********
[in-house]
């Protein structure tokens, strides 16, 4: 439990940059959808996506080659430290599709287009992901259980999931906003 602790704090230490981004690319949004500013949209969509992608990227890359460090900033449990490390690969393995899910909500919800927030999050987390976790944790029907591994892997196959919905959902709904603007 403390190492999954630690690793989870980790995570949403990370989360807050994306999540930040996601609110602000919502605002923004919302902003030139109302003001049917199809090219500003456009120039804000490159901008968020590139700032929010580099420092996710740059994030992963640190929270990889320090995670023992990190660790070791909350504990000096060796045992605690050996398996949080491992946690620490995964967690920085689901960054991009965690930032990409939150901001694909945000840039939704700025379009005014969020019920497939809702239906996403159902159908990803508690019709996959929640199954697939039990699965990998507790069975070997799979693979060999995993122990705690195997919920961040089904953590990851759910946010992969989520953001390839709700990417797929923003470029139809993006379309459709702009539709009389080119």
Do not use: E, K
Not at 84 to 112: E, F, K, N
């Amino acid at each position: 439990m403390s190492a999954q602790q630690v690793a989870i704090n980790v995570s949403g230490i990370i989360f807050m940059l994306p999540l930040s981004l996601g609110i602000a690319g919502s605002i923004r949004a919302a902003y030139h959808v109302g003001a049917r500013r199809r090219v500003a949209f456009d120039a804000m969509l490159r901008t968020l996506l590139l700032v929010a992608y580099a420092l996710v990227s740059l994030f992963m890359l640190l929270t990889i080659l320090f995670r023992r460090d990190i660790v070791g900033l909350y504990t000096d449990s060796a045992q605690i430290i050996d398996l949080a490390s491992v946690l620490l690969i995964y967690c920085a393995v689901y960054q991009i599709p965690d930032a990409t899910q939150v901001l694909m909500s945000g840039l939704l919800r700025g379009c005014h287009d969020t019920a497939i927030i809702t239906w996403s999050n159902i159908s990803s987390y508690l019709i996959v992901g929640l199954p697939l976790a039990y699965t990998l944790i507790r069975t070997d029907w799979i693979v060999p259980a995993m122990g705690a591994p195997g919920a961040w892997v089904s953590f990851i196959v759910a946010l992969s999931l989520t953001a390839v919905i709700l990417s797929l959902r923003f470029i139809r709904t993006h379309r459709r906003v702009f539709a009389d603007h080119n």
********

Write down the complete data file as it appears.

[in-house]
């Protein structure tokens, strides 16, 4: 439990940059959808996506080659430290599709287009992901259980999931906003 602790704090230490981004690319949004500013949209969509992608990227890359460090900033449990490390690969393995899910909500919800927030999050987390976790944790029907591994892997196959919905959902709904603007 403390190492999954630690690793989870980790995570949403990370989360807050994306999540930040996601609110602000919502605002923004919302902003030139109302003001049917199809090219500003456009120039804000490159901008968020590139700032929010580099420092996710740059994030992963640190929270990889320090995670023992990190660790070791909350504990000096060796045992605690050996398996949080491992946690620490995964967690920085689901960054991009965690930032990409939150901001694909945000840039939704700025379009005014969020019920497939809702239906996403159902159908990803508690019709996959929640199954697939039990699965990998507790069975070997799979693979060999995993122990705690195997919920961040089904953590990851759910946010992969989520953001390839709700990417797929923003470029139809993006379309459709702009539709009389080119």
Do not use: E, K
Not at 84 to 112: E, F, K, N
């Amino acid at each position: 439990m403390s190492a999954q602790q630690v690793a989870i704090n980790v995570s949403g230490i990370i989360f807050m940059l994306p999540l930040s981004l996601g609110i602000a690319g919502s605002i923004r949004a919302a902003y030139h959808v109302g003001a049917r500013r199809r090219v500003a949209f456009d120039a804000m969509l490159r901008t968020l996506l590139l700032v929010a992608y580099a420092l996710v990227s740059l994030f992963m890359l640190l929270t990889i080659l320090f995670r023992r460090d990190i660790v070791g900033l909350y504990t000096d449990s060796a045992q605690i430290i050996d398996l949080a490390s491992v946690l620490l690969i995964y967690c920085a393995v689901y960054q991009i599709p965690d930032a990409t899910q939150v901001l694909m909500s945000g840039l939704l919800r700025g379009c005014h287009d969020t019920a497939i927030i809702t239906w996403s999050n159902i159908s990803s987390y508690l019709i996959v992901g929640l199954p697939l976790a039990y699965t990998l944790i507790r069975t070997d029907w799979i693979v060999p259980a995993m122990g705690a591994p195997g919920a961040w892997v089904s953590f990851i196959v759910a946010l992969s999931l989520t953001a390839v919905i709700l990417s797929l959902r923003f470029i139809r709904t993006h379309r459709r906003v702009f539709a009389d603007h080119n």